Montgomery County reported 1,214 new COVID-19 cases since last week. The average daily case count is now 173.4 cases and the grand total since the beginning of the pandemic is 56,696.
The county also reported 13 additional deaths since last Wednesday — bringing the total to 1,289 confirmed deaths due to COVID-19.
Hospitalizations took a slight dip this week from 228 individuals last Wednesday to 226.
Overall, Dr. Valerie Arkoosh, chair of the Montgomery County Board of Commissioners, says there’s good news.
“Our positivity rate is slightly decreased, so that’s great news this week. Our 14-day average positivity rate is now 7.7% as of Thursday, April, 22, compared with 8.22 as of Thursday, April 15,” Arkoosh said.
93% of Montco residents over 65 have at least one shot
Although there is still a ways to go from the ideal 5% threshold, county leaders believe they can get there, especially if they continue their vaccination effort, which has led to 93% of residents age 65 and over receiving at least one vaccine.
“So that is fantastic news. It means that the most vulnerable individuals in our community are well on their way to a high degree of safety,” Arkoosh said.
More than 60% of residents age 16 and over have received at least one vaccine.
Montco vaccine clinics changing locations
With the one-shot Johnson & Johnson vaccine no longer on pause, Montgomery County has also added another site to its immunization tool belt.
The new walk-up clinic at St. John’s Episcopal Church in Norristown, which opened Wednesday, is offering the J&J shot Tuesdays through Fridays from 11 a.m. to 3 p.m. Anyone over the age of 18 is eligible to stop by.
Additionally, staff from Accion Comunal Latinoamericana de Montgomery County (ACLAMO) will be on site to provide Spanish interpretation on Tuesdays and Wednesdays.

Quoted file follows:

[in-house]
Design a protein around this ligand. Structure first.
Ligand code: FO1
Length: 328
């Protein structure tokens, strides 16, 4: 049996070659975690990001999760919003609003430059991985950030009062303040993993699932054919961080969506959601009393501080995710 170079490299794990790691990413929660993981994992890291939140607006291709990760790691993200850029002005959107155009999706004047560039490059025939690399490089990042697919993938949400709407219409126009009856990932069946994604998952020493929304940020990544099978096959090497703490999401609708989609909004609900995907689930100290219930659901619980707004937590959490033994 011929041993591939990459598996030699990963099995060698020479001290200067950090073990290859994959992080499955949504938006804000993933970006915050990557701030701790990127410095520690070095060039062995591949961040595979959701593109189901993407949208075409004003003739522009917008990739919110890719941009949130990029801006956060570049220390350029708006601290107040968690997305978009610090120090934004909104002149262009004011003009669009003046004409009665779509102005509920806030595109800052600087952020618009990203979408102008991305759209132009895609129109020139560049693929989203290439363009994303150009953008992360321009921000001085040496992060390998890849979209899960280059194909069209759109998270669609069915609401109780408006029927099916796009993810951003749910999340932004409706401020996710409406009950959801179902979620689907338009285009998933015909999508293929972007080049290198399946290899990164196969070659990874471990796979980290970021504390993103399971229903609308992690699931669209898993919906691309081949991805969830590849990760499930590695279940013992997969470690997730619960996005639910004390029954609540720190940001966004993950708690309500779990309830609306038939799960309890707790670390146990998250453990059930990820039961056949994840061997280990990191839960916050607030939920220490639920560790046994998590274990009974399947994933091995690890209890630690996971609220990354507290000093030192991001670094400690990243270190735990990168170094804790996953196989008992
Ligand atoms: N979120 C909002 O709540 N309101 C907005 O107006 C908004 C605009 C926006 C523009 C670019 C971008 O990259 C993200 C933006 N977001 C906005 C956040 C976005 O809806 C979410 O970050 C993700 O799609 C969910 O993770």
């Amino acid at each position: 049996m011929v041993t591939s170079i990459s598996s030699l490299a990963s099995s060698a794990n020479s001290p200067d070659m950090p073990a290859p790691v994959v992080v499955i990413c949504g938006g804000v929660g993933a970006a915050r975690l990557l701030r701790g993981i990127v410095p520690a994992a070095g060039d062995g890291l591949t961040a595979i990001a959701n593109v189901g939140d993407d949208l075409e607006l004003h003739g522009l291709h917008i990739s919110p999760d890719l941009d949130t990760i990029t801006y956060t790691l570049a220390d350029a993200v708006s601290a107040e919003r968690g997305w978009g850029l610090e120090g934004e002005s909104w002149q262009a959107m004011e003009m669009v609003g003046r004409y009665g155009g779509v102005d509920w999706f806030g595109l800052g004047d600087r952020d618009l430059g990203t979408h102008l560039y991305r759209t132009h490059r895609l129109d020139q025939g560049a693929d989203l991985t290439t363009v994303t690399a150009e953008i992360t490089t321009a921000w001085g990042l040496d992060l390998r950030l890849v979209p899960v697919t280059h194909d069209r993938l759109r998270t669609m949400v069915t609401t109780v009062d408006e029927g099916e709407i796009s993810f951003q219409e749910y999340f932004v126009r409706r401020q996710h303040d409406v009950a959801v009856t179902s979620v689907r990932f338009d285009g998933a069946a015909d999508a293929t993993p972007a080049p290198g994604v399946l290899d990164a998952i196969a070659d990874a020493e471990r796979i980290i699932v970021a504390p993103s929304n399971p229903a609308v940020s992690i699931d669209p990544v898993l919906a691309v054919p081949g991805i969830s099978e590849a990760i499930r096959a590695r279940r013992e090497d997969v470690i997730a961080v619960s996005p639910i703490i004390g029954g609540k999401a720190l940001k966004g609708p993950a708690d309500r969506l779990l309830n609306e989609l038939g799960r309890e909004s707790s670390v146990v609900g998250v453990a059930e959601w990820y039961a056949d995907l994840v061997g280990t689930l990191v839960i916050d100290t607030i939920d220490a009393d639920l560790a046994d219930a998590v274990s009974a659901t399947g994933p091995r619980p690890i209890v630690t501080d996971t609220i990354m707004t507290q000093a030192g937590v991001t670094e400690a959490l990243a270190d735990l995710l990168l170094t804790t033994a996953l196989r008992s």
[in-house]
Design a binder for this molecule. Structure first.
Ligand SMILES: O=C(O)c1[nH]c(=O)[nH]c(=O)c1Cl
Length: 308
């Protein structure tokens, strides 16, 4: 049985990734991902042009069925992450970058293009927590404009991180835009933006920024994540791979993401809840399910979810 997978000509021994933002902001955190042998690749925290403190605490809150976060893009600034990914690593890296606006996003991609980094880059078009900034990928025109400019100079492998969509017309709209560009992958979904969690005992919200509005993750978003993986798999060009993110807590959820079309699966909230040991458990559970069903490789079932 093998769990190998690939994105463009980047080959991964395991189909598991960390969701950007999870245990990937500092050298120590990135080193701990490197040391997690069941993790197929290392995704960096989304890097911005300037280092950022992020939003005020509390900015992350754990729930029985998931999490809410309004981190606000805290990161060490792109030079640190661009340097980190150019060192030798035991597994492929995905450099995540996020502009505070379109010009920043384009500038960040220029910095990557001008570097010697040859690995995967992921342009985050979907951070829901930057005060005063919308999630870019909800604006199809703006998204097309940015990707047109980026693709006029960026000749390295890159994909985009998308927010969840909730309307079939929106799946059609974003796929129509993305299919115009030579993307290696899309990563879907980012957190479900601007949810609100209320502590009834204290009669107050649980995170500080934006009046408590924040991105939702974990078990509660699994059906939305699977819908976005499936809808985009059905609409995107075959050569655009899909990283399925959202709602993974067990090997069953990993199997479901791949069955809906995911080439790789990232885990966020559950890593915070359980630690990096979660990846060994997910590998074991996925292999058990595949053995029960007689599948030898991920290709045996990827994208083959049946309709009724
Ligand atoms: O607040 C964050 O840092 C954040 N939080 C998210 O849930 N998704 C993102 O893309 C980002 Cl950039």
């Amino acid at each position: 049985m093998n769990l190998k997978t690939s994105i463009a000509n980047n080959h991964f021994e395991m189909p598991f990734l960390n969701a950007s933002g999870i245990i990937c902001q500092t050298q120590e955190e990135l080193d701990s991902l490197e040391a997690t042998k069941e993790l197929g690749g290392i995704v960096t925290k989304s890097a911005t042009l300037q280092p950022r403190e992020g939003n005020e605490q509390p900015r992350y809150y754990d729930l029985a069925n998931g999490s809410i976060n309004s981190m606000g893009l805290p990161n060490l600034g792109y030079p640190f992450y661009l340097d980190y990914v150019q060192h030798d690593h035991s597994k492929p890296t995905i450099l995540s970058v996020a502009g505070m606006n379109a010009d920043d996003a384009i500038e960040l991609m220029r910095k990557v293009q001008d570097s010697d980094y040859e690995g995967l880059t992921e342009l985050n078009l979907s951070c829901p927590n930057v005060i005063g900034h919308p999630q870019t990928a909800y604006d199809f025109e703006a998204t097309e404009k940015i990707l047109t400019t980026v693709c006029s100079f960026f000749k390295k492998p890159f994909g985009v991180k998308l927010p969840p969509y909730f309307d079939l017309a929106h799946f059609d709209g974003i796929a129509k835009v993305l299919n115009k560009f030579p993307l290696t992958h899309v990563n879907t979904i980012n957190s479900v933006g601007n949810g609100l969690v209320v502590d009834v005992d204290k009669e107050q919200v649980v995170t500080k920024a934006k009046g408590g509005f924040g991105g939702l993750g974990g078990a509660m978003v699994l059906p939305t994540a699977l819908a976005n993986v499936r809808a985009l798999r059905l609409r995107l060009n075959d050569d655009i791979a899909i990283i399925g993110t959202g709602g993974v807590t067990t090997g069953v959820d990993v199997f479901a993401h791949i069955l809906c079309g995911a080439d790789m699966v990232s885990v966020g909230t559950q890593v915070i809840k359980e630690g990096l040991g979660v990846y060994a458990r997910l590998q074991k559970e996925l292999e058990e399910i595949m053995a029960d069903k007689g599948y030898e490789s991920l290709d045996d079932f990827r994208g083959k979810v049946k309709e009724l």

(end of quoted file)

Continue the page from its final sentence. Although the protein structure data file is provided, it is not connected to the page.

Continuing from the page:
Both Commissioner Arkoosh and Commissioner Ken Lawrence Jr. got their jabs during the opening day at the new clinic “to show how confident” they are in the recently paused vaccine. The county’s goal is to vaccinate as many people as soon as people.
“Our vaccine clinics are now offering appointments into May, and anyone who books with us will have the ability to choose their clinic location, the date and time of their appointment, and which vaccine they receive,” Arkoosh said.
In addition to the new walk-up site in Norristown, the county is changing the locations of two other clinics.
Starting Monday, May 3, the site at Norristown Area High School will move to the former JC Penney store in King of Prussia, and the site at Montgomery County Community College will move to the Montgomery Mall in North Wales.
County officials are asking people to double check their appointment locations because existing appointments will be moved to the new sites.
And as a reminder, the county wants residents to know that free transportation is available for all vaccine appointments. Just call the county’s COVID-19 hotline number at 833-875-3967 and they will assist you with it. Vaccine appointments can also be made online here.
How county officials are thinking about reopening
However, Arkoosh wants to remind recently vaccinated people to stay vigilant and wait until the vaccine kicks in two weeks after receiving the last dose.
She also stressed the importance of testing as all county sites are still open.
“Remember, while all of us want to be done with this virus, the virus is not done with us. We still have a lot of virus in our community, but there is a simple and safe step you can take. Get vaccinated, no matter who you are. It is now your turn. We have plenty of appointments, so make one, and please get vaccinated,” Akoosh said.
For people incarcerated at the county correctional facility, Arkoosh says that the situation is “stable.”
The county has been using antigen testing and is in the process of offering the vaccine to incarcerated people who want it.
“We will be looking at two things here in the county. One, it will be not just our positivity rate. But as these numbers hopefully continue to come down, looking at our incidence of cases per 100,000, we are still well over 100 cases per 100,000 population,” Arkoosh said. “So we will be looking for that number to get way, way, way lower like down into the, you know, 30 to 50 cases per 100,000 range. And then we will also be tracking what percentage of our population is vaccinated, and as you saw earlier, you know, we do have a pretty good handle on those numbers.”
The county says getting “close to 80%” of people vaccinated is a measure of being in a “pretty good place.”
Get daily updates from WHYY News!